However. The movie doesn't say that this information would never have surfaced without torture.  It doesn't outright say that we should or shouldn't use the methods depicted ... only that we did (though one could argue that the absence of definitive judgment is in itself unethical; another could argue that it's not a movie's responsibility to editorialize; another could find that the portrayal of torture says all that needs be said on the topic; another could say that any fictional reenactment of torture has no importance against real-world torture.  It never ends.)  ZD30 only presents that the woman responsible for first came across the information gathered this way.  This is one of those items that can't be corroborated.  If it's true, I find it hard to knock the film for starting Maya's story here.  And though we can't verify the truth, I would argue though that if one looks at how the movie characterizes Maya - who is the closest thing the viewer has to a surrogate, and whose evolving emotions are the ones the filmmakers have chosen to showcase - you don't find a pro-torture agenda.  She's not comfortable with it at the start; when attending interrogations she refuses to hide her face behind a mask; when over time she becomes the lead interrogator the interrogations are markedly less cruel.  These later interrogations also have her continuing without a terrifying mask, but she'll protect herself (more from herself than from the detainee, I'd say) with a wig, which I interpret as part of her growing ... I don't want to say callous, but her emotions have moved towards sleep mode as her exposure within the "war on terror" mounts (e.g., there's a brief scene where an overhead monitoring of what appears to be an exploding truck, and the footage has become background noise for her; she comes out of sleep mode with the base bombing.)  So if one looks at the movie as Maya's story, her exposure to torture damages her, and the many others steps in her trackdown of OBL do not. (In fact, she displays enough skill in reading between the lines of people's testimony that one could argue that she could conceivably have extracted the nugget she got from Ammar in some other, less damaging way ... though, per the movie, that's just not how it went down.  Though there is the fact that others picked up on the same nugget, and I don't think it's clear whether they did so independent of awareness of Maya's hunch and/or without torture.)  And while the movie avoids milking the successful assassination for a feeling of uplift, I'd argue that as portrayed there's no positive emotional payoff linked to the torture per se; compare with the excitement when locating the moving courier.  That kind of investigation gets emotionally endorsed by the film; interrogation doesn't.  (And I'm forgetting about the burnout of the lead interrogator who introduces Maya to Ammar.)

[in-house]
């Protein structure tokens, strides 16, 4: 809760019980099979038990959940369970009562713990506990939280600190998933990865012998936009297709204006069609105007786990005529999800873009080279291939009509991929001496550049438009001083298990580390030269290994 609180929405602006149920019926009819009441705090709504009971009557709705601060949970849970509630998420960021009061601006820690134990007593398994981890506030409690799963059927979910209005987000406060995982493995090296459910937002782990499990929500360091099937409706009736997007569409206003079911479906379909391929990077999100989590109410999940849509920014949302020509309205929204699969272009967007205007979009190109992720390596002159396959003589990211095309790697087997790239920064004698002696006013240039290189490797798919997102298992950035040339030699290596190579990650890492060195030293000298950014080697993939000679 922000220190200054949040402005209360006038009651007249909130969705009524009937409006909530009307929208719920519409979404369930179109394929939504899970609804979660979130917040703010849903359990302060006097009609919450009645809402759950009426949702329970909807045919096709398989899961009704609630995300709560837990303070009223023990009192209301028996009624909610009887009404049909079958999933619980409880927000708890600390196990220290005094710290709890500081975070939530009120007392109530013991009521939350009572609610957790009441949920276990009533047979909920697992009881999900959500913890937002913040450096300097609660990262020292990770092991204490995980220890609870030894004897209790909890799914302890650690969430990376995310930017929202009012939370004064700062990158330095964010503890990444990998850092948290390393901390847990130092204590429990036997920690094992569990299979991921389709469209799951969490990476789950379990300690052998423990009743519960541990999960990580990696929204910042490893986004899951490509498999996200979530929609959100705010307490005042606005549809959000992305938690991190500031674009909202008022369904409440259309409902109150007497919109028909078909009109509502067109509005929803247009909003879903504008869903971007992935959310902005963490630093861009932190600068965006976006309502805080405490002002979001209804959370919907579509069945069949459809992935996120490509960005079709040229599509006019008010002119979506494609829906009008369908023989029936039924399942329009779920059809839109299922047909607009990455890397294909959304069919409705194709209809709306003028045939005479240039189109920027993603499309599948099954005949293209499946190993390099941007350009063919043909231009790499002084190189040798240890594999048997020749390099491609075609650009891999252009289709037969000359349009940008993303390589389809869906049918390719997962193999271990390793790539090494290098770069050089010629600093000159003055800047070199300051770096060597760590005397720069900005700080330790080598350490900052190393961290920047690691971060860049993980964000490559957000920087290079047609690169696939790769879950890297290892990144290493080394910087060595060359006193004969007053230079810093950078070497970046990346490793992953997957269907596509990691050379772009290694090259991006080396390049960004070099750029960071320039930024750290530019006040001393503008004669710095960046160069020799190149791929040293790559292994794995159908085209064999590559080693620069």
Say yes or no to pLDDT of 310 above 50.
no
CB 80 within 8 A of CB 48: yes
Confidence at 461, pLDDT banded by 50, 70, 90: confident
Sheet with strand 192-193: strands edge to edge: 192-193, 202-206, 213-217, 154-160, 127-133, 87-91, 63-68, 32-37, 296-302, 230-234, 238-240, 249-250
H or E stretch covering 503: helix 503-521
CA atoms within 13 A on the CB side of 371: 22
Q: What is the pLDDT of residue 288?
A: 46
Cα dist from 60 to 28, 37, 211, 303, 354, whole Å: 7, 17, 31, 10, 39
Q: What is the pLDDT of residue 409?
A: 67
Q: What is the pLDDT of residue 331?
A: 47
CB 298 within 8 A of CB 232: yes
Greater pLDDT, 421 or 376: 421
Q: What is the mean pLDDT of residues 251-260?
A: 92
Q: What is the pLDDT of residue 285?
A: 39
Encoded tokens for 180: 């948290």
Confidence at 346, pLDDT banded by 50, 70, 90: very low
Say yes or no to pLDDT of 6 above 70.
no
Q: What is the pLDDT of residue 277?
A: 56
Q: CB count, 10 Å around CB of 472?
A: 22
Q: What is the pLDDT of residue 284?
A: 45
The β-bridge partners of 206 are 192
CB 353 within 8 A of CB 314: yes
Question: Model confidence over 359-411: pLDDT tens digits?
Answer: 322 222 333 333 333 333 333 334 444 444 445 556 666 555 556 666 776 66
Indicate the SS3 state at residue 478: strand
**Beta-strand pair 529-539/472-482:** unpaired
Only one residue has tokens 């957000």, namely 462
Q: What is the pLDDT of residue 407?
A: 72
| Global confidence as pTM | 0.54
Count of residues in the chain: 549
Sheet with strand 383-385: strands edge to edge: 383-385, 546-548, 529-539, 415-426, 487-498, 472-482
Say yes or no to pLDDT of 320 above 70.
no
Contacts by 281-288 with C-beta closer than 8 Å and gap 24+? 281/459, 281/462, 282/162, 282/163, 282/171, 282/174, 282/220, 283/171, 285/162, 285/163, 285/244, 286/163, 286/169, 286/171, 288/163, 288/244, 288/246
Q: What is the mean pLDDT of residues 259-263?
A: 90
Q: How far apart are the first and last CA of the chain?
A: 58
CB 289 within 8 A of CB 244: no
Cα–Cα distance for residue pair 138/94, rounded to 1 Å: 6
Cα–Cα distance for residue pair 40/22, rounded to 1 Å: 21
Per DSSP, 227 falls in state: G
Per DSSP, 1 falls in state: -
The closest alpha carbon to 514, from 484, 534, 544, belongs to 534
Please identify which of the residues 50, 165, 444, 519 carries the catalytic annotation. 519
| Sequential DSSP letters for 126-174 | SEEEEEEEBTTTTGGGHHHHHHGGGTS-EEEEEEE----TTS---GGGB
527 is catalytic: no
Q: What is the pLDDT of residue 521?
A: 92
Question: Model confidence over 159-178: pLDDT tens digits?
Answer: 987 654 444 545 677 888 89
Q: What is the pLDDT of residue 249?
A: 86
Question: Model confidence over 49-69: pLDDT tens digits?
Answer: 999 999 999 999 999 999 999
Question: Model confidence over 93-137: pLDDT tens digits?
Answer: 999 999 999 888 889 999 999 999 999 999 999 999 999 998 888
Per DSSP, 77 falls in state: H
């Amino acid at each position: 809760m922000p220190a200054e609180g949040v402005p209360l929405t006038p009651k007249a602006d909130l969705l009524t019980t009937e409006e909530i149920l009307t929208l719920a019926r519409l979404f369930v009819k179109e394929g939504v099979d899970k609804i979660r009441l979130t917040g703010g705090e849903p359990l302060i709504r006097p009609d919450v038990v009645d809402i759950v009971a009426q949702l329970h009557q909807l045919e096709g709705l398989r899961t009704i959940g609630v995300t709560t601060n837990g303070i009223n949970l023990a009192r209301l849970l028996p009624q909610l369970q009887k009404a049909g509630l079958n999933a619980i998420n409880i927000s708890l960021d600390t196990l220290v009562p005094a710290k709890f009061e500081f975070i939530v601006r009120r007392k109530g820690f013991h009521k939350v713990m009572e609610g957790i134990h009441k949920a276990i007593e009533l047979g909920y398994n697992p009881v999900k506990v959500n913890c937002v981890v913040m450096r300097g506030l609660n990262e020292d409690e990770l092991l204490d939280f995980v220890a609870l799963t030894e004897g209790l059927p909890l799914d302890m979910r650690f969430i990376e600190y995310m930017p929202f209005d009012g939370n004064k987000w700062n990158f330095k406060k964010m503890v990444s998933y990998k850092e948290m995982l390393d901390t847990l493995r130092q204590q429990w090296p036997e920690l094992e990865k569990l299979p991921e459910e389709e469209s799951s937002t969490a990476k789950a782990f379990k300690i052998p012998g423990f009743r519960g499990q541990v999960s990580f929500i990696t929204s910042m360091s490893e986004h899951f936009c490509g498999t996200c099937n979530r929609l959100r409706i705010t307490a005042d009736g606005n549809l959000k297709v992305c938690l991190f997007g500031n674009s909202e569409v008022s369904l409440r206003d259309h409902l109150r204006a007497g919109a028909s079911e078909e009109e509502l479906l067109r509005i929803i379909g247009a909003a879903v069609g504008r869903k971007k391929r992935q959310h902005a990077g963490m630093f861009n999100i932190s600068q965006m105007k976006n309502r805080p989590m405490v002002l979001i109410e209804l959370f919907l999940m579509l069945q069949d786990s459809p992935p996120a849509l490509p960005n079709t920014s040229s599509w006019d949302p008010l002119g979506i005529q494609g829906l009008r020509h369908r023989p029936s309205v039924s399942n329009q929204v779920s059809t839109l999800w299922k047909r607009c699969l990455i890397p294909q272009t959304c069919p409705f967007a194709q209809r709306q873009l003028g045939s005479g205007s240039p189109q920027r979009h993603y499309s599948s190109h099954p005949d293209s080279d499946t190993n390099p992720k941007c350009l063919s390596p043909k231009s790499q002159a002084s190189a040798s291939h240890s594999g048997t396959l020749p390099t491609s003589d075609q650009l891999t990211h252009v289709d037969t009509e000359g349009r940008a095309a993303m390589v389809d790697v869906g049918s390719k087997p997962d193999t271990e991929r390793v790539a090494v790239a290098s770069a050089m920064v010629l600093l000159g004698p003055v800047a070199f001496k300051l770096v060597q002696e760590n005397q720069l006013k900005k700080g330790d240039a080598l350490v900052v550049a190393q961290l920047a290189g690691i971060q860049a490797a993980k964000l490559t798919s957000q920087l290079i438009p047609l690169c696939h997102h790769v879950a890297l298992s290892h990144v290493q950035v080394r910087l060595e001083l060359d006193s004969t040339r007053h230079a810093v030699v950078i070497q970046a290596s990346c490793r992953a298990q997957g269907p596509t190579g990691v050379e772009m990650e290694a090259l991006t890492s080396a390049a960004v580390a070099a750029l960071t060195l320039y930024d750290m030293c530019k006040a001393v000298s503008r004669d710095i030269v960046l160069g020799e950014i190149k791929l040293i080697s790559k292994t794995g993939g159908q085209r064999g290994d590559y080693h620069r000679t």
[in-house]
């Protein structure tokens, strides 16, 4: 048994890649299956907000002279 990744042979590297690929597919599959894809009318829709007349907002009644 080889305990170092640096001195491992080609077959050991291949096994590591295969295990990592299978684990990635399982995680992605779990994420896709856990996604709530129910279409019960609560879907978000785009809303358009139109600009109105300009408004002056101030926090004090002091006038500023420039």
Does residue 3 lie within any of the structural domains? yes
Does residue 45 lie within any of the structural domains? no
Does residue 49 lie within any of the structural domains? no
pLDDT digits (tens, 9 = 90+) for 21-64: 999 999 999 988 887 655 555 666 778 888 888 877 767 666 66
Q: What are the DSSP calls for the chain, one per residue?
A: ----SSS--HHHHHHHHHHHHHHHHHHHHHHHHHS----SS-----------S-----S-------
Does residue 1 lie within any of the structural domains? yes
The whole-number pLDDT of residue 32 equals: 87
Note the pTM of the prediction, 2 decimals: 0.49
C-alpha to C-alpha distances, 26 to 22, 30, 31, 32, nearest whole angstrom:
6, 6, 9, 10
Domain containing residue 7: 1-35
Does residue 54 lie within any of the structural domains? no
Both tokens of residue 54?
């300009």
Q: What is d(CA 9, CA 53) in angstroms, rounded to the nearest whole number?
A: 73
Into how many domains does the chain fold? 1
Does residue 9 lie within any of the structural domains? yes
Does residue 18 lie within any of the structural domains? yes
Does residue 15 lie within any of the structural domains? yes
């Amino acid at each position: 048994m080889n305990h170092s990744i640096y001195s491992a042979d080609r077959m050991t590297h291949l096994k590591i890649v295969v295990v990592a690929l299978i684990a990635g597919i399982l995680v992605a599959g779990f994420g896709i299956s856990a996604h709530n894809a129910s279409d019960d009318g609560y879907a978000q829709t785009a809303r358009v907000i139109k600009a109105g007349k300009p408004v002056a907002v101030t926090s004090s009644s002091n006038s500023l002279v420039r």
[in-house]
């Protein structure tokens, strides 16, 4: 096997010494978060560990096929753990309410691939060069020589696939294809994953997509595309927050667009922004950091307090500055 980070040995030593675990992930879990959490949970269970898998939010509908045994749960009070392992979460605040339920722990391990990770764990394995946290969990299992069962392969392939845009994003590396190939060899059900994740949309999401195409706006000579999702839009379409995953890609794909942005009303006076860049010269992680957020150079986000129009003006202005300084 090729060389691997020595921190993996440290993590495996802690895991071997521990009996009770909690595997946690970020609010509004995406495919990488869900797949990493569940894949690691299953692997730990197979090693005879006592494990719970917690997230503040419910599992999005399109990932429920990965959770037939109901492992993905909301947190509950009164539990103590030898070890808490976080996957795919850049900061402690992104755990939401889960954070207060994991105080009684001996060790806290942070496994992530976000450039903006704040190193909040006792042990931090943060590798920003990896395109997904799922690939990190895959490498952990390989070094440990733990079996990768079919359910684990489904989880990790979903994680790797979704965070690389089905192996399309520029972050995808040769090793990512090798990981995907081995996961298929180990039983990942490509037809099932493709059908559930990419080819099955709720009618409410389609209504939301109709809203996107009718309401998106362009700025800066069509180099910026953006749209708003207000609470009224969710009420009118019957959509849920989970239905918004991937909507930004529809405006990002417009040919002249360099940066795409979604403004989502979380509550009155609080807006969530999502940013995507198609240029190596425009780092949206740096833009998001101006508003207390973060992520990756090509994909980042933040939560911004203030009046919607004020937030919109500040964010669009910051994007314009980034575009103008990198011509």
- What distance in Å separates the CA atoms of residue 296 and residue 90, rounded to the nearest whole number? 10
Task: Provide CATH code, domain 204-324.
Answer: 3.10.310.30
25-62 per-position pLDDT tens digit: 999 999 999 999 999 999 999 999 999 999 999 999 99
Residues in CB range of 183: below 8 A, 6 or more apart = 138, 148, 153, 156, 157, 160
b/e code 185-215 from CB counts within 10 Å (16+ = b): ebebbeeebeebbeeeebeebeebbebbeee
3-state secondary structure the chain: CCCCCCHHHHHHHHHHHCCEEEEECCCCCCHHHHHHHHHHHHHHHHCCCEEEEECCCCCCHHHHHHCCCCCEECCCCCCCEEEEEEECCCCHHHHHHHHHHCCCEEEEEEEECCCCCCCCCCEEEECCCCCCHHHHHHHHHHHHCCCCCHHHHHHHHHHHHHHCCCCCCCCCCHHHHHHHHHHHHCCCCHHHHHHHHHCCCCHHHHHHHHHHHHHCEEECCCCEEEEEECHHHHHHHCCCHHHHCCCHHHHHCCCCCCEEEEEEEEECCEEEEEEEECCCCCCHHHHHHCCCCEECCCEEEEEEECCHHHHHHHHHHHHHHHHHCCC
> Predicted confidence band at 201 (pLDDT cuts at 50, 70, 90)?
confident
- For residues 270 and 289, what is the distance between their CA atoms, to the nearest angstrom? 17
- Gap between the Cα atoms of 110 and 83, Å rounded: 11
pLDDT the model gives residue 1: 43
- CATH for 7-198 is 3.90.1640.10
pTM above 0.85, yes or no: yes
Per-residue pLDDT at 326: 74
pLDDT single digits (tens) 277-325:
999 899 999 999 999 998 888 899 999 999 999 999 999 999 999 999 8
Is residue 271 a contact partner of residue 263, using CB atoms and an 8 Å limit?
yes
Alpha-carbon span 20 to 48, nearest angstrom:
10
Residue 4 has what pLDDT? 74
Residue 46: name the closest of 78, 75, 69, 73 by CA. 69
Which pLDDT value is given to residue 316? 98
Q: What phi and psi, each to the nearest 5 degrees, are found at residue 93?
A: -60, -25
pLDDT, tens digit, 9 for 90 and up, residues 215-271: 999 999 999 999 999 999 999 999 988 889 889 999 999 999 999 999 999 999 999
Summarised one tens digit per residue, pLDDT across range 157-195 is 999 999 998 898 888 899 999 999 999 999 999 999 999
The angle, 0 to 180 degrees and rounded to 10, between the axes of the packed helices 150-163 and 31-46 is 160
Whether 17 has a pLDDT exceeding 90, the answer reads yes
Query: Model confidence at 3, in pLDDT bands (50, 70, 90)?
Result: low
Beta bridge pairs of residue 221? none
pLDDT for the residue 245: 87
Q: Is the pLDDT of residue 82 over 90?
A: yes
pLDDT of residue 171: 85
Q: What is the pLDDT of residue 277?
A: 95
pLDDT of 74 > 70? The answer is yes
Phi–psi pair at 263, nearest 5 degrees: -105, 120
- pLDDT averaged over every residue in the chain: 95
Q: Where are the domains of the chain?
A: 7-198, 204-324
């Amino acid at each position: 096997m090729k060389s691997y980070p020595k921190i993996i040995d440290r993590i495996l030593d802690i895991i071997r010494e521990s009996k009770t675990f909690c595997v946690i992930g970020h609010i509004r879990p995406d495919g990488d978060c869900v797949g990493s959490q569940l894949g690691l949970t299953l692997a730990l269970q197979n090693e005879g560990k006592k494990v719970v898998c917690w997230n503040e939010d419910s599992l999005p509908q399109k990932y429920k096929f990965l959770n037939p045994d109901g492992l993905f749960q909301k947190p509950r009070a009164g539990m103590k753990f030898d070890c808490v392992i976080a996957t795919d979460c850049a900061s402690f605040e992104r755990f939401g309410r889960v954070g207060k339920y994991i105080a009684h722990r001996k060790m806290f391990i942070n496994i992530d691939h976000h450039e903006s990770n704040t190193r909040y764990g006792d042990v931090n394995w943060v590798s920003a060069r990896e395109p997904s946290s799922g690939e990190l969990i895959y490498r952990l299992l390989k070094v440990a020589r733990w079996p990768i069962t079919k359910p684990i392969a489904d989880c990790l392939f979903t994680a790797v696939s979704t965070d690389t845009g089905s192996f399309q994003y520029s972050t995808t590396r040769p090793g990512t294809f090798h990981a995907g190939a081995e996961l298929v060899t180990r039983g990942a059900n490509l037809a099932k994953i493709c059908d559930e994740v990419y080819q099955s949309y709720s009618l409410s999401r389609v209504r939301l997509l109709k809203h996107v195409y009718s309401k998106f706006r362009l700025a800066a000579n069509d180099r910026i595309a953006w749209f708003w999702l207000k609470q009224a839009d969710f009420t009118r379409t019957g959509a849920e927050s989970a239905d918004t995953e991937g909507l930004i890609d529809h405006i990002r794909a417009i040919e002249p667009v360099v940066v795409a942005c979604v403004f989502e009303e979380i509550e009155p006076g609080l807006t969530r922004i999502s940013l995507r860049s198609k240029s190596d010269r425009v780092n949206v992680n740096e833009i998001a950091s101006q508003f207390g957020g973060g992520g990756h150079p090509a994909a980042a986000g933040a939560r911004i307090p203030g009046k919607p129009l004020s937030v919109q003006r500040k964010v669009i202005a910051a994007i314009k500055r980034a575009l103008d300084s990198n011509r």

There are a number of ways you can parse the movie, obviously.  Don't want to sound definitive here.  Just that I'm very curious to read more of y'all picking through the can of worms the movie opens.

SPOILERS END

*The movie doesn't really employ the most conventional narrative format, IMO; it feels more like events pile on rather than escalate in a tight cause-and-effect way. 

Inspector Li
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December 28, 2012 - 10:31 pm
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Still rolling this movie around in my head.  I wish I had read the Feingold/McCain letter on the movie right before seeing the film, because the letter's fascinating.  I don't have exact recall of how the film unfolds, but some of the letters' bulletpoints seem to split hairs in ways that don't conclusively contradict the film's accounts.  For example, I don't believe the movie says that the CIA "first learned" about the courier through detainees who were subjected to torture.  Even if this claim from the letter is factual, it doesn't rule out that Maya's real-world counterpart didn't get her first exposure to the courier's existence through a tortured detainee, does it? 

Similarly, the next point says that the CIA didn't get the courier's identity from detainees subjected to coercive techniques.  I'm fuzzy on the precise details, but I believe the film posits that Maya got the courier's family name from a detainee but didn't come up with the courier's full identity until following up a theory involving a deceased individual being misidentified.  If this is indeed what the movie portrays, it seems that the congresspeople's point can be accurate yet fail to debunk the movie's account ... which ought to be the letter's intention.